Hoglund cultivated spiritually grounded paintball players
January 21, 2019 | Lynchburg, Va.
Former Liberty University paintball Head Coach Todd Hoglund (M.Ed. '09) spearheaded a program that won its first National Collegiate Paintball Association (NCPA) National Championship this past spring.
"My heart just beamed, it just shines because I know that I was a little part of it," Hoglund said as he was inducted into the Club Sports Hall of Fame on Saturday, Dec. 8, in the Hancock Welcome Center.
He guided the Flames' Class A line to three Final Four showings at nationals from 2010-12 and coached both of his successors, fourth-year Head Coach Brian Davidson ('12) and Assistant Coach Aaron Thompson ('15).
Their on-field success was secondary to the spiritual culture Hoglund helped to create within the program, which trained the Flames to stand out and reflect the light of Christ through their sport.
"I'm really thankful that God gave them that opportunity, that God gave them the platform to pray in front of a very dark world, a very dark culture," Hoglund said. "Everybody knew that we were different and I always knew we were Christians so we had to be better."
Hoglund developed and influenced hundreds of players over his eight seasons at the helm of the Flames' program from 2008-15.
"I love the sport of paintball, but it's not the paintball that made me love it," Hoglund said. "It's the guys, the players. I had players who were really dealing with some hard times and I didn't see how that affected them on the field. I saw how that affected them as people. That's where my heart is. I tried to give them life lessons in addition to paintball lessons."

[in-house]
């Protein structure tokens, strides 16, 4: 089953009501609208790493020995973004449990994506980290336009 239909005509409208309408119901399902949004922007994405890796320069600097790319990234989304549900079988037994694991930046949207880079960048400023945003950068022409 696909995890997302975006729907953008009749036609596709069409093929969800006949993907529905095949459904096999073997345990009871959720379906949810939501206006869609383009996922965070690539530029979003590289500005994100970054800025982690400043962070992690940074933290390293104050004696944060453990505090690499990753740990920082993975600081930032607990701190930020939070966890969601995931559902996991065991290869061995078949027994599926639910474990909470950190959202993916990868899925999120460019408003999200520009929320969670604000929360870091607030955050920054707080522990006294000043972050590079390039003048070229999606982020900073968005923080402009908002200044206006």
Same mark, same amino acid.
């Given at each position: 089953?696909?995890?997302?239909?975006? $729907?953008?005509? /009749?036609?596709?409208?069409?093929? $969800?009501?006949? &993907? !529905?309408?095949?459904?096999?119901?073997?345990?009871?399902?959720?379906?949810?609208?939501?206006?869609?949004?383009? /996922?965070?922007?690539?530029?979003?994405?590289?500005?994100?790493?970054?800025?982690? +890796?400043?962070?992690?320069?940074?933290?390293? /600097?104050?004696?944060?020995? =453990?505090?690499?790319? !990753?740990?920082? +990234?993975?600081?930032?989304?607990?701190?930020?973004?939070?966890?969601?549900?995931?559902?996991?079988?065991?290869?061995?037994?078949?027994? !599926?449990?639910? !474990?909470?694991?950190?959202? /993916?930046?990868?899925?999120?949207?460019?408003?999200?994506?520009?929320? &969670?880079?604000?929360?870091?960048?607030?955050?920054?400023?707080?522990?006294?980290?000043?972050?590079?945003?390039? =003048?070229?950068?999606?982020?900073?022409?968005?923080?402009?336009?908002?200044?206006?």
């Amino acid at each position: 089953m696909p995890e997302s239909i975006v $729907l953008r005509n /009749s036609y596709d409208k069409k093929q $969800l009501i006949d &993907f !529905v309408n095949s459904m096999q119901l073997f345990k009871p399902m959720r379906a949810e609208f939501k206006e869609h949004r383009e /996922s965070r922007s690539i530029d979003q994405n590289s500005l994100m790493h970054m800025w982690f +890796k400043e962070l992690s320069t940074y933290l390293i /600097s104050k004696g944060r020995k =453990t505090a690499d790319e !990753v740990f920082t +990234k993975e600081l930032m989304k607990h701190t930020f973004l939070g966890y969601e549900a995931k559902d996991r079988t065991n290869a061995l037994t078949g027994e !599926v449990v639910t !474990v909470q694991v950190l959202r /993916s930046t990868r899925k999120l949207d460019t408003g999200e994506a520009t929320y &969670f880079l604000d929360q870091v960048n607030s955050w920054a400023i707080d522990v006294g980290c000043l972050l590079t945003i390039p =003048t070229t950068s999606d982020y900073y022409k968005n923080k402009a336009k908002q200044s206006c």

His players are just a portion of those he has positively impacted throughout his career.
Since receiving his master's degree at Liberty, Hoglund has worked with local families and children with disabilities through behavioral therapy and intensive in-home counseling. He is in his 13th year teaching elementary special education-inclusion classes, now in Yorktown, Va. He and his wife, Leslie, have raised five children, including two adopted sons from China with Down syndrome.
"Far more important than any of the accolades this man has on the paintball field are really who he is as a husband, as a father, and as a life coach," Thompson ('15) said as he presented Hoglund. "The greatest coaches step into their God-given calling by exemplifying a life of humility, a life of grace, discipline, and conviction. They push their athletes to be better men and women both on and off the field. This man has never just been in the business of coaching. He has been in the business of disciple-making. He has played a really integral role in my personal life, in my faith, and in the faith of many others."
Davidson, who Hoglund considers the best player he ever coached at Liberty (Thompson, also a three-year team captain, was a close second), appreciates the legacy he left behind.
"He definitely laid a good foundation for our program and our team and helped keep us spiritually motivated," he said. "I always looked up to him for that and tried to incorporate a lot of that in my coaching as well. I definitely give him a lot of credit for becoming the man and coach and spiritual leader that I am today. He's always been someone I could call for advice about life."